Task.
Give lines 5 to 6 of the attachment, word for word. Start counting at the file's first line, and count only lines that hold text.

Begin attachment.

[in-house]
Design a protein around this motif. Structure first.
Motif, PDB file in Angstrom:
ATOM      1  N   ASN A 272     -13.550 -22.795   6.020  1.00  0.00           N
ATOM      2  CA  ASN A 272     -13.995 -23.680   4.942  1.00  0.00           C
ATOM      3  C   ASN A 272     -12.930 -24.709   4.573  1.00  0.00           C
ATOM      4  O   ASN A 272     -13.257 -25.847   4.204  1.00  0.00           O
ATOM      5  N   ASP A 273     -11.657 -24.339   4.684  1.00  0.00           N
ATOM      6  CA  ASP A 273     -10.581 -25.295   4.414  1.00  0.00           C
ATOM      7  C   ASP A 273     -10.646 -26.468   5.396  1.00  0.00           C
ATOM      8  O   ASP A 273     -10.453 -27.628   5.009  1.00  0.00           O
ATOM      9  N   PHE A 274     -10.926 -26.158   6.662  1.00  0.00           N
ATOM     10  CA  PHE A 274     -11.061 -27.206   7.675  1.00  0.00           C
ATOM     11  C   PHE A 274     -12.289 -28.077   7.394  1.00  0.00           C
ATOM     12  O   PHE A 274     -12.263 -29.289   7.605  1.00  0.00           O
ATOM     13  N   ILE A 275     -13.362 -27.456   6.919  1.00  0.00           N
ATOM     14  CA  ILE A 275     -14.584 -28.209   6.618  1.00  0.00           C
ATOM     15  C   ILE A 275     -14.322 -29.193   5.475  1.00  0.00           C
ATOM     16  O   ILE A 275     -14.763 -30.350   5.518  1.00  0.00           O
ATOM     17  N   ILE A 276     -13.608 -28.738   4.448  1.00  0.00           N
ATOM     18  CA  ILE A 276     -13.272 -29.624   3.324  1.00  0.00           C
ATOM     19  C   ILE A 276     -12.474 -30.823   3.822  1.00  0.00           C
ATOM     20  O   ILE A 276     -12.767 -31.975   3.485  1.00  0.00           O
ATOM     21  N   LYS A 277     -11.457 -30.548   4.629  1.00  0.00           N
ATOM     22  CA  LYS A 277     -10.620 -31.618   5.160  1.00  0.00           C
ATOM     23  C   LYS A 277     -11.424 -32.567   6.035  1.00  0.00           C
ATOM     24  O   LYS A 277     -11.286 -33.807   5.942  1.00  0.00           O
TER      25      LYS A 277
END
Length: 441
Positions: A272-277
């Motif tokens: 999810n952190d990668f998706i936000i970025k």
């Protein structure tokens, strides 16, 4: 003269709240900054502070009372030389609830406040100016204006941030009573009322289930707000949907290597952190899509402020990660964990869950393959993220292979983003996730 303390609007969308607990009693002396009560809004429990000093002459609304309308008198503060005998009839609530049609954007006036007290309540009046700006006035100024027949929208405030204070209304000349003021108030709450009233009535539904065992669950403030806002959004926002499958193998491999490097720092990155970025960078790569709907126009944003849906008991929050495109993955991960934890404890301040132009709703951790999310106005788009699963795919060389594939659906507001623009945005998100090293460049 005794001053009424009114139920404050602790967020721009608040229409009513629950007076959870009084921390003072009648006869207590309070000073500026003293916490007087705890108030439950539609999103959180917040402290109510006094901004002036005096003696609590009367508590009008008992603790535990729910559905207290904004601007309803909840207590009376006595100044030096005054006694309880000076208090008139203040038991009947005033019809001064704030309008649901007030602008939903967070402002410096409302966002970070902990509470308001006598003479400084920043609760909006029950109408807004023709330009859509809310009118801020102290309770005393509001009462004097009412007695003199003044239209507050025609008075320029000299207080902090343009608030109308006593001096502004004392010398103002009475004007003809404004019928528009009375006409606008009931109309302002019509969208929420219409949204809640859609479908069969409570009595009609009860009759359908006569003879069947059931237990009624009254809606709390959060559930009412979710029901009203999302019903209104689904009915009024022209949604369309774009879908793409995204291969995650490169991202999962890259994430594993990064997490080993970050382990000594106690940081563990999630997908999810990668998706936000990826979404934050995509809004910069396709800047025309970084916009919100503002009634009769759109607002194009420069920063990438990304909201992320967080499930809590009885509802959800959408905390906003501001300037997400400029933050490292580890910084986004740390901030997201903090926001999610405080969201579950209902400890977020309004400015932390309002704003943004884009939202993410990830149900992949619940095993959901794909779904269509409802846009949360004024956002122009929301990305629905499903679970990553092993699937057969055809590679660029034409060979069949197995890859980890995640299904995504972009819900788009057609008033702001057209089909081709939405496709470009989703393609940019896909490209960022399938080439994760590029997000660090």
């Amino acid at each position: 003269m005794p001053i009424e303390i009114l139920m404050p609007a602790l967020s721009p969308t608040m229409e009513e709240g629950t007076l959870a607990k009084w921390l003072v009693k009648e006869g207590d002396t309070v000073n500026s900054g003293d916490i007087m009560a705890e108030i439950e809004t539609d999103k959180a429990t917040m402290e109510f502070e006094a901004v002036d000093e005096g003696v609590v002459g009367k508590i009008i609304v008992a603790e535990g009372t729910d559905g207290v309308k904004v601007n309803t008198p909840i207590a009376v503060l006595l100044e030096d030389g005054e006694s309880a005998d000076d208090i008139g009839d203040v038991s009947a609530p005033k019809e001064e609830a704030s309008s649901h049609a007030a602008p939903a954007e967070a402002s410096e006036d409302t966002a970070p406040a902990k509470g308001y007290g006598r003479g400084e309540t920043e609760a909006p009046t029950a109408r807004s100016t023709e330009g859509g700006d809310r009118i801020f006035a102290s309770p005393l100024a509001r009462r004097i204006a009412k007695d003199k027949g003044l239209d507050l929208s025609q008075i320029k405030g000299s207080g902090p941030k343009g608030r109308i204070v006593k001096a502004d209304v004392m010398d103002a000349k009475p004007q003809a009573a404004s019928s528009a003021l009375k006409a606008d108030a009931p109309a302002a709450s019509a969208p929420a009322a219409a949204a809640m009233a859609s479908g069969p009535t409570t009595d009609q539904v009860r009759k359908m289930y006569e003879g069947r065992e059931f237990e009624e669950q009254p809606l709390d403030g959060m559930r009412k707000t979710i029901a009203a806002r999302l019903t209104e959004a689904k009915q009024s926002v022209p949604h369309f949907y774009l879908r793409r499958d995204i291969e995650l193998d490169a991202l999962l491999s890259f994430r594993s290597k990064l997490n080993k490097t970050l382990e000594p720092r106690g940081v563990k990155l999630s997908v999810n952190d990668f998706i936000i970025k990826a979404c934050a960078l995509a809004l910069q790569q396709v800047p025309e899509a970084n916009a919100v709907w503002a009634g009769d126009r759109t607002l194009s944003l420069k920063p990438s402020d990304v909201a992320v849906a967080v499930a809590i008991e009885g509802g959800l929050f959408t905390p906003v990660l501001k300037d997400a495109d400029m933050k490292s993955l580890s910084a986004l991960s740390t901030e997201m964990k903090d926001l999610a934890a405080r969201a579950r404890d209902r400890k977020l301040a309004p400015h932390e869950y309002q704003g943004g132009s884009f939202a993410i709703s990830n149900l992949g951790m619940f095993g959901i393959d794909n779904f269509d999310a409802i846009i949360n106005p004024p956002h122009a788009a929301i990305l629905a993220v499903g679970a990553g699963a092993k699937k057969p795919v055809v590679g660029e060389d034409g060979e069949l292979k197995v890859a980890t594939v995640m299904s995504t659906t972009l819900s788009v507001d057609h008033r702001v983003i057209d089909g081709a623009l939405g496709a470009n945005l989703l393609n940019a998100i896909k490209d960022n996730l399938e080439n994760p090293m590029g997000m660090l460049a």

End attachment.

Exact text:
ATOM      2  CA  ASN A 272     -13.995 -23.680   4.942  1.00  0.00           C
ATOM      3  C   ASN A 272     -12.930 -24.709   4.573  1.00  0.00           C